She always suggests gray
(maybe not at first,
I’ll nudge her a little).

The downside to this ploy
is I have to be happy
with black or white
if these solutions end up chosen.

But it still beats the random solutions
this type of decision-maker
will toss at you.

There is a way to sell
to everyone.

By k | April 26, 2010 - 6:00 am - Posted in Corporate Games

One of the temps
at my current company
was recently put on reduced hours.

This is part of contracting life.
You cost the company money
with every hour you work
so they try to save money
by cutting your hours.

You have a couple of options
when faced with reduced hours, reduced pay.
You can find a new contract gig
and replace your employer.

Or better still,
you can use those reduced hours
to work on your own business.
I use mine to write.

However, I ALWAYS push back
so the reduced hours are in one chunk of time.
If they want me to move
from 40 hours to 35 hours,
I’ll maintain 8 hours a day
and put in a half day on Friday.
It is a more effective use of my time.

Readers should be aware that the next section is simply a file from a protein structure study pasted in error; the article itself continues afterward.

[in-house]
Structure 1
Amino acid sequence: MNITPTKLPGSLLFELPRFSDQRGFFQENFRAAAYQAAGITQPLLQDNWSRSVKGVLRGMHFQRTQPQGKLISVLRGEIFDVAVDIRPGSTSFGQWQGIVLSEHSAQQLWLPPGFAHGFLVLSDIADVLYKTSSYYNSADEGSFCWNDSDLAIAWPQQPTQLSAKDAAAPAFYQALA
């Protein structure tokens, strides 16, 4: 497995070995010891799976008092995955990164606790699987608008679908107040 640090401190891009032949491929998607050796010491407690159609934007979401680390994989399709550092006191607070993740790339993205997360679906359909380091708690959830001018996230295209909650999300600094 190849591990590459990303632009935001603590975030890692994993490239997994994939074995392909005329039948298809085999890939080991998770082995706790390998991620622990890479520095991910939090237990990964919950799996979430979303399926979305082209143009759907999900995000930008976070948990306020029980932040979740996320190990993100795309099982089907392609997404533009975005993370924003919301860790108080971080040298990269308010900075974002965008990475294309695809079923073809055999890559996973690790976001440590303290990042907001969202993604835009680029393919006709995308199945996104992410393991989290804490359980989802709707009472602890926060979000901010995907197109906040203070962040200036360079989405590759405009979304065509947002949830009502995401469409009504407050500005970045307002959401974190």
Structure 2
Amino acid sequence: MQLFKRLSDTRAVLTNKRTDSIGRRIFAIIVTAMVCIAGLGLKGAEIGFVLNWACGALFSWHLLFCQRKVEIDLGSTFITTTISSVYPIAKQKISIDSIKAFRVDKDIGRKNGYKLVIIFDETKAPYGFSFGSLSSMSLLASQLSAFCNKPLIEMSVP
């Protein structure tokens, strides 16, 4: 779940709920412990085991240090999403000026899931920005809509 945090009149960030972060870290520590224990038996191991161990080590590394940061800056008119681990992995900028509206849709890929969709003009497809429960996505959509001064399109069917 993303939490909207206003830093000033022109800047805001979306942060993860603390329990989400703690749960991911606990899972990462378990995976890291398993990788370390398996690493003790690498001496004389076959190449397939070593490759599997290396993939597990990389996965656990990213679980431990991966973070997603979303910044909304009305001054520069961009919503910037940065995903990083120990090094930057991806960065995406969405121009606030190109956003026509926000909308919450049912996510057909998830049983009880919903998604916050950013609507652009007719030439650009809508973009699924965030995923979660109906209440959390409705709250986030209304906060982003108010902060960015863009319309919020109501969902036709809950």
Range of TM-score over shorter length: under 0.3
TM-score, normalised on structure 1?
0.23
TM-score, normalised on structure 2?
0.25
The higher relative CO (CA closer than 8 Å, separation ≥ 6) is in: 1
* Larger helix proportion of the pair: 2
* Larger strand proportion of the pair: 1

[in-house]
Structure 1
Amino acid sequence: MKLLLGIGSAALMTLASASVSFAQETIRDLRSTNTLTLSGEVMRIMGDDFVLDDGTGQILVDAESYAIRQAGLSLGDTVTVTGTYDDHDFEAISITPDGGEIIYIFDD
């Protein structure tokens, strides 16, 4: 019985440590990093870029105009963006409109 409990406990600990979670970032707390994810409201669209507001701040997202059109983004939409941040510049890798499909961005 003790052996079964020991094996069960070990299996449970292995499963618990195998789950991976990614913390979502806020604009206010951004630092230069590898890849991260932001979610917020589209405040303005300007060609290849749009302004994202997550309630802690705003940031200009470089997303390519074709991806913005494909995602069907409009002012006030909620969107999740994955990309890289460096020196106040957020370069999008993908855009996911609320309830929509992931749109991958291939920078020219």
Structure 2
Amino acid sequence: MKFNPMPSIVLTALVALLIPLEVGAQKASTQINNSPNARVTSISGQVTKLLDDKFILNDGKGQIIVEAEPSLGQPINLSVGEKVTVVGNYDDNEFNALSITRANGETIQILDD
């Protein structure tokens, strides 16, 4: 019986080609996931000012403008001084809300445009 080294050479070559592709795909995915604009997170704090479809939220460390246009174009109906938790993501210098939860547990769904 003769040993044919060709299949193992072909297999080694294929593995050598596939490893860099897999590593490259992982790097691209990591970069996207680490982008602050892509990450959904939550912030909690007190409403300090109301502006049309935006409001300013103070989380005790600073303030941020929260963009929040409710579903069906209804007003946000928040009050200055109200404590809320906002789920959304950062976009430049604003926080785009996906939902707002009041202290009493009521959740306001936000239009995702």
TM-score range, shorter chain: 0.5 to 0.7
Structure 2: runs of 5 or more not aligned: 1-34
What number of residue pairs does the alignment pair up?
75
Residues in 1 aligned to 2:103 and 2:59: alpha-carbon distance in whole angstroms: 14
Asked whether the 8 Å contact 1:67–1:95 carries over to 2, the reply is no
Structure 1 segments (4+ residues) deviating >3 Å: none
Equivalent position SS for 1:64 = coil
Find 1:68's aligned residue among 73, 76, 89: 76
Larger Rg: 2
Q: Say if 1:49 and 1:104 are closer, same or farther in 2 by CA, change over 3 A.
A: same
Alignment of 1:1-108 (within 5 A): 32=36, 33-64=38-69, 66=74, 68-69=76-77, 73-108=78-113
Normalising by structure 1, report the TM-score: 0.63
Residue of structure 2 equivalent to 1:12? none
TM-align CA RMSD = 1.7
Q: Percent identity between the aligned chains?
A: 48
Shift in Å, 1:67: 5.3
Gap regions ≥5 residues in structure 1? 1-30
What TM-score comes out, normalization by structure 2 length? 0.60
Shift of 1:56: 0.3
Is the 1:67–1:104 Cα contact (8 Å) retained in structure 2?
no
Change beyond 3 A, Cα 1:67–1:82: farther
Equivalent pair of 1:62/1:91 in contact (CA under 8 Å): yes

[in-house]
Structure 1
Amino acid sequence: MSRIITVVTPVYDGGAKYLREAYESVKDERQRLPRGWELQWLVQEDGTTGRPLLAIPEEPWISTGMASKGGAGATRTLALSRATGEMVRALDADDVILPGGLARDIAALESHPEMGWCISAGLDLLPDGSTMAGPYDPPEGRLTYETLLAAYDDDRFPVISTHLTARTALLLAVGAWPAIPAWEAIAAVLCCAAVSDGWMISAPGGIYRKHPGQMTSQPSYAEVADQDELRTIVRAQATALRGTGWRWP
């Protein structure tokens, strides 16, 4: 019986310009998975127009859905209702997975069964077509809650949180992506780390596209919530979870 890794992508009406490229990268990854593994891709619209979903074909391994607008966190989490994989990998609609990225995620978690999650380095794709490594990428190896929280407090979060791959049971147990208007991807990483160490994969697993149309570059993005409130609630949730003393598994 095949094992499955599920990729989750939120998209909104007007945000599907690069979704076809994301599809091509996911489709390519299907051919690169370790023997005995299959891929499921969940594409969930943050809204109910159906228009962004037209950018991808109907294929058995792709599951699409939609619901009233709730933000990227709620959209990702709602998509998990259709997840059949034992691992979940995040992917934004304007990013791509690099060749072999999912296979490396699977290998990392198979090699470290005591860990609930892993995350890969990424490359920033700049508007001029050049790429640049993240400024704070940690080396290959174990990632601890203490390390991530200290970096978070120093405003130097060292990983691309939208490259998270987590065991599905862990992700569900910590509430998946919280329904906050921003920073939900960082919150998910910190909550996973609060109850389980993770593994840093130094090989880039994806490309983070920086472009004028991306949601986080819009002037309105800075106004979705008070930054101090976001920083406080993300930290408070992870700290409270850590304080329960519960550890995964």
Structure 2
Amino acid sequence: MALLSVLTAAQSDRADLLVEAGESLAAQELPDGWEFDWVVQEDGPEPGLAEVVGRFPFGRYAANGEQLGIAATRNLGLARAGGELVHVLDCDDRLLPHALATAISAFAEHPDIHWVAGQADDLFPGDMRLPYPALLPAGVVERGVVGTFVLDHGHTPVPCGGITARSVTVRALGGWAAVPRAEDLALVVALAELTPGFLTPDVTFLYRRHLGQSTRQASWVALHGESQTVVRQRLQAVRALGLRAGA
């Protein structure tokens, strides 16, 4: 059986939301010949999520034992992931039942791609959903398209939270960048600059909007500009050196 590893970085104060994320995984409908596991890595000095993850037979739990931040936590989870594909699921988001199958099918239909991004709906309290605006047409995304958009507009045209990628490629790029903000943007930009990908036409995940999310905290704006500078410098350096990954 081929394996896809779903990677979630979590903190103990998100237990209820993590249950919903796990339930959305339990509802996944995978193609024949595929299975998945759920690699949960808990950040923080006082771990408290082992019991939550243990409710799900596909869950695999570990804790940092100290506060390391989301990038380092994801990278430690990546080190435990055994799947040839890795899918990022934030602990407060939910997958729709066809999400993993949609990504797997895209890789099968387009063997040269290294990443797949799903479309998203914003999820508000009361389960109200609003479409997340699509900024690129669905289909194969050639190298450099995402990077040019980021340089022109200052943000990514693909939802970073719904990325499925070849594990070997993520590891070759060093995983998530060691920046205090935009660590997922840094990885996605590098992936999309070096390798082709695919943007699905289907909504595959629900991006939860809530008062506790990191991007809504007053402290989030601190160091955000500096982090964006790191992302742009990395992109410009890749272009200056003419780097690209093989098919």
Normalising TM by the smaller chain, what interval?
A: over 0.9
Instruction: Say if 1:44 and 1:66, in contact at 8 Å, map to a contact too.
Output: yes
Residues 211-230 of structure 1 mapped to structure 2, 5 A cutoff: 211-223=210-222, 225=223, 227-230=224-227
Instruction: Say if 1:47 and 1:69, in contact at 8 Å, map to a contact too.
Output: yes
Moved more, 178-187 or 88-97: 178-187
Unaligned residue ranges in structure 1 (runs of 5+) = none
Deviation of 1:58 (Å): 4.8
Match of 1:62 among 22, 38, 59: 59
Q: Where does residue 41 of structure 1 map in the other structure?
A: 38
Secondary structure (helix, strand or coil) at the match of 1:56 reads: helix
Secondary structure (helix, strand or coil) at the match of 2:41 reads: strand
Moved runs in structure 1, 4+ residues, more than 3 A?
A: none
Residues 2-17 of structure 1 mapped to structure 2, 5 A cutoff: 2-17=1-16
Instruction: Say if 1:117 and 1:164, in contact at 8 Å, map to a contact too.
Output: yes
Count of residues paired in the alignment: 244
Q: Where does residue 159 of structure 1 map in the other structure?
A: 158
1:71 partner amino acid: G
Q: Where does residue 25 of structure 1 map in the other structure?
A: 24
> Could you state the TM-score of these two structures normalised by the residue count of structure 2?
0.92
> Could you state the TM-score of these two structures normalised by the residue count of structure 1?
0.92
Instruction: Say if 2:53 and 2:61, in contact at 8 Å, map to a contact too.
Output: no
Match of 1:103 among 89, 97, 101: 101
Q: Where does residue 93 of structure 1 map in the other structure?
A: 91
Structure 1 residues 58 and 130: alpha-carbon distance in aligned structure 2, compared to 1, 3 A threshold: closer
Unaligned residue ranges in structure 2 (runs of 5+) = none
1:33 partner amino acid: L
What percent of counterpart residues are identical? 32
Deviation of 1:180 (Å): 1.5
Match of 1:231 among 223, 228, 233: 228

Reduced hours is not a bad thing,
especially if you plan
for the downtime.

By k | April 25, 2010 - 6:00 am - Posted in New Business Development

A study of 101 movie sequels
released in North American theaters
between 1998 and 2006
has put numbers behind
sequel success.

It is all about star power.
“If you had to choose one thing
to be consistent on,
it’s the star power,
keeping those same stars,”
says Mark Houston,
Professor of Marketing
with Texas Christian University.

That must be why
more and more studios
are locking stars into film series
(an example is the Twilight cast).

It makes sense branding-wise also
as movies are so tightly co-branded
with the stars appearing in them.

If you’re producing a sequel,
spend money to obtain
the same stars.

By k | April 24, 2010 - 6:00 am - Posted in Corporate Games

I worked for a major beverage company
whose executives would boast
of past employees’ successes
even if these successes
were at other companies.

It drove us to achieve
and actually created more loyalty,
rather than less.
Employees knew the door was always open.
We could come back if we wanted to.
We also knew that would be awkward
if we went to work
for the competition.

Another company I worked for
had a
‘don’t let the door hit you on the way out’
Once you were gone,
you were considered dead to the company.

Many former employees
ended up at the competition.
If they tried another industry
and didn’t like it,
they had no other option.

If you want to weaken your competition,